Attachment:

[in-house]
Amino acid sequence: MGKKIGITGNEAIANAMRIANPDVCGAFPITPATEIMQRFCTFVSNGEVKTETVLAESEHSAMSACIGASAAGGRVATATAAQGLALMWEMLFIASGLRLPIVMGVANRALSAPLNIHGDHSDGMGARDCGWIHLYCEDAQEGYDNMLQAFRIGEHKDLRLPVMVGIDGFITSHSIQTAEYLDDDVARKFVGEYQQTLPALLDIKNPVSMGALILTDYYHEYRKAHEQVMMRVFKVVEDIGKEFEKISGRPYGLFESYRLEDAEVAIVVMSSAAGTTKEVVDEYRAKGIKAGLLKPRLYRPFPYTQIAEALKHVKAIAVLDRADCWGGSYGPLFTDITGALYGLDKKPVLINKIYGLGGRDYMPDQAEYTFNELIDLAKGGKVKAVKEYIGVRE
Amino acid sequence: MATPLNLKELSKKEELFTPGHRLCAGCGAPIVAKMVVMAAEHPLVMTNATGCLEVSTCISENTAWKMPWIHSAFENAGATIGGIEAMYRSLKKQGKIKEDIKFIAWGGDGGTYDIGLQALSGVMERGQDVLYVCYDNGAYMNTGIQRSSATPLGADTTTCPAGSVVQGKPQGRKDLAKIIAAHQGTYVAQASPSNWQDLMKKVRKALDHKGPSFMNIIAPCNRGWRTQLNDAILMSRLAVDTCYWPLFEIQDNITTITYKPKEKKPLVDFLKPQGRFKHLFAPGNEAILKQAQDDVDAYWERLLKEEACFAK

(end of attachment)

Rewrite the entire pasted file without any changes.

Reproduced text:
[in-house]
Amino acid sequence: MGKKIGITGNEAIANAMRIANPDVCGAFPITPATEIMQRFCTFVSNGEVKTETVLAESEHSAMSACIGASAAGGRVATATAAQGLALMWEMLFIASGLRLPIVMGVANRALSAPLNIHGDHSDGMGARDCGWIHLYCEDAQEGYDNMLQAFRIGEHKDLRLPVMVGIDGFITSHSIQTAEYLDDDVARKFVGEYQQTLPALLDIKNPVSMGALILTDYYHEYRKAHEQVMMRVFKVVEDIGKEFEKISGRPYGLFESYRLEDAEVAIVVMSSAAGTTKEVVDEYRAKGIKAGLLKPRLYRPFPYTQIAEALKHVKAIAVLDRADCWGGSYGPLFTDITGALYGLDKKPVLINKIYGLGGRDYMPDQAEYTFNELIDLAKGGKVKAVKEYIGVRE
Amino acid sequence: MATPLNLKELSKKEELFTPGHRLCAGCGAPIVAKMVVMAAEHPLVMTNATGCLEVSTCISENTAWKMPWIHSAFENAGATIGGIEAMYRSLKKQGKIKEDIKFIAWGGDGGTYDIGLQALSGVMERGQDVLYVCYDNGAYMNTGIQRSSATPLGADTTTCPAGSVVQGKPQGRKDLAKIIAAHQGTYVAQASPSNWQDLMKKVRKALDHKGPSFMNIIAPCNRGWRTQLNDAILMSRLAVDTCYWPLFEIQDNITTITYKPKEKKPLVDFLKPQGRFKHLFAPGNEAILKQAQDDVDAYWERLLKEEACFAK